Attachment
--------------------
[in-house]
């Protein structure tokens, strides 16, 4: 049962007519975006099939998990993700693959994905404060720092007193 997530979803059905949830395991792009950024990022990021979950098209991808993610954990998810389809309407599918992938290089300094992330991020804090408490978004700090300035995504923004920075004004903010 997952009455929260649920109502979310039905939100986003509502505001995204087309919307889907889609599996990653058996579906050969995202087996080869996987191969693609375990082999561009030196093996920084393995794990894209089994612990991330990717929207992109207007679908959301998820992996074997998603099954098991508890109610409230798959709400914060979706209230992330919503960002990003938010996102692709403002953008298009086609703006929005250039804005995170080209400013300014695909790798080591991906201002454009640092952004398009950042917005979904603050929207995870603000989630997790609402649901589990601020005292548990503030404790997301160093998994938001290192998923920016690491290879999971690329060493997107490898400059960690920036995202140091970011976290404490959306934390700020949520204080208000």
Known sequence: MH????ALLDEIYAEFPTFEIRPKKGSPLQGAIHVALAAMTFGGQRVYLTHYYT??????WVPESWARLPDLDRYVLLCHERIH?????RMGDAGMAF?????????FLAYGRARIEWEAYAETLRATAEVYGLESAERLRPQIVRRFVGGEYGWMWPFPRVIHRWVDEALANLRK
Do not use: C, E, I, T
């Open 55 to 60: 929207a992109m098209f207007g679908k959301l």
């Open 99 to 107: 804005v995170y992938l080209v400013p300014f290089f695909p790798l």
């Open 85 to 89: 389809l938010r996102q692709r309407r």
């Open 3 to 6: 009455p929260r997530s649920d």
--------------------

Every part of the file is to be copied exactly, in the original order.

[in-house]
């Protein structure tokens, strides 16, 4: 049962007519975006099939998990993700693959994905404060720092007193 997530979803059905949830395991792009950024990022990021979950098209991808993610954990998810389809309407599918992938290089300094992330991020804090408490978004700090300035995504923004920075004004903010 997952009455929260649920109502979310039905939100986003509502505001995204087309919307889907889609599996990653058996579906050969995202087996080869996987191969693609375990082999561009030196093996920084393995794990894209089994612990991330990717929207992109207007679908959301998820992996074997998603099954098991508890109610409230798959709400914060979706209230992330919503960002990003938010996102692709403002953008298009086609703006929005250039804005995170080209400013300014695909790798080591991906201002454009640092952004398009950042917005979904603050929207995870603000989630997790609402649901589990601020005292548990503030404790997301160093998994938001290192998923920016690491290879999971690329060493997107490898400059960690920036995202140091970011976290404490959306934390700020949520204080208000």
Known sequence: MH????ALLDEIYAEFPTFEIRPKKGSPLQGAIHVALAAMTFGGQRVYLTHYYT??????WVPESWARLPDLDRYVLLCHERIH?????RMGDAGMAF?????????FLAYGRARIEWEAYAETLRATAEVYGLESAERLRPQIVRRFVGGEYGWMWPFPRVIHRWVDEALANLRK
Do not use: C, E, I, T
């Open 55 to 60: 929207a992109m098209f207007g679908k959301l």
């Open 99 to 107: 804005v995170y992938l080209v400013p300014f290089f695909p790798l």
């Open 85 to 89: 389809l938010r996102q692709r309407r």
């Open 3 to 6: 009455p929260r997530s649920d």